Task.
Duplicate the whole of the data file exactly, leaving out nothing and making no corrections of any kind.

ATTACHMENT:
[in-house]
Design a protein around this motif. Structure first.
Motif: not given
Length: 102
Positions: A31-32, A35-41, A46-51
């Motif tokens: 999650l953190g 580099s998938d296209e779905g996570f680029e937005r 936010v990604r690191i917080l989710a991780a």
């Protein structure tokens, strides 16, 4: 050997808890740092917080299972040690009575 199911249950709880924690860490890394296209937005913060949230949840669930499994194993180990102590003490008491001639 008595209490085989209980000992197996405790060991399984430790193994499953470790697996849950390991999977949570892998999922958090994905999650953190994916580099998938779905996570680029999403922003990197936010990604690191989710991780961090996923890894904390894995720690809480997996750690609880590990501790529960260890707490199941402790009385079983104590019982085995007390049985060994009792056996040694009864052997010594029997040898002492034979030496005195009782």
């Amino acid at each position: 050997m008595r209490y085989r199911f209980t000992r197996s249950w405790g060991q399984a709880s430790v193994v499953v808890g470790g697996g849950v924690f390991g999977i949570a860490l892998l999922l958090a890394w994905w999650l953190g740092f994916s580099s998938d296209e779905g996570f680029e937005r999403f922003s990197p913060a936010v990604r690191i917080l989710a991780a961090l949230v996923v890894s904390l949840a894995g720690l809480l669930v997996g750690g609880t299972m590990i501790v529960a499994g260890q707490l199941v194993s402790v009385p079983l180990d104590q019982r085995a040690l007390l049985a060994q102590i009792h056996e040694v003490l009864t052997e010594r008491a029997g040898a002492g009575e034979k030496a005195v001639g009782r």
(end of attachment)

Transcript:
[in-house]
Design a protein around this motif. Structure first.
Motif: not given
Length: 102
Positions: A31-32, A35-41, A46-51
């Motif tokens: 999650l953190g 580099s998938d296209e779905g996570f680029e937005r 936010v990604r690191i917080l989710a991780a």
């Protein structure tokens, strides 16, 4: 050997808890740092917080299972040690009575 199911249950709880924690860490890394296209937005913060949230949840669930499994194993180990102590003490008491001639 008595209490085989209980000992197996405790060991399984430790193994499953470790697996849950390991999977949570892998999922958090994905999650953190994916580099998938779905996570680029999403922003990197936010990604690191989710991780961090996923890894904390894995720690809480997996750690609880590990501790529960260890707490199941402790009385079983104590019982085995007390049985060994009792056996040694009864052997010594029997040898002492034979030496005195009782």
């Amino acid at each position: 050997m008595r209490y085989r199911f209980t000992r197996s249950w405790g060991q399984a709880s430790v193994v499953v808890g470790g697996g849950v924690f390991g999977i949570a860490l892998l999922l958090a890394w994905w999650l953190g740092f994916s580099s998938d296209e779905g996570f680029e937005r999403f922003s990197p913060a936010v990604r690191i917080l989710a991780a961090l949230v996923v890894s904390l949840a894995g720690l809480l669930v997996g750690g609880t299972m590990i501790v529960a499994g260890q707490l199941v194993s402790v009385p079983l180990d104590q019982r085995a040690l007390l049985a060994q102590i009792h056996e040694v003490l009864t052997e010594r008491a029997g040898a002492g009575e034979k030496a005195v001639g009782r």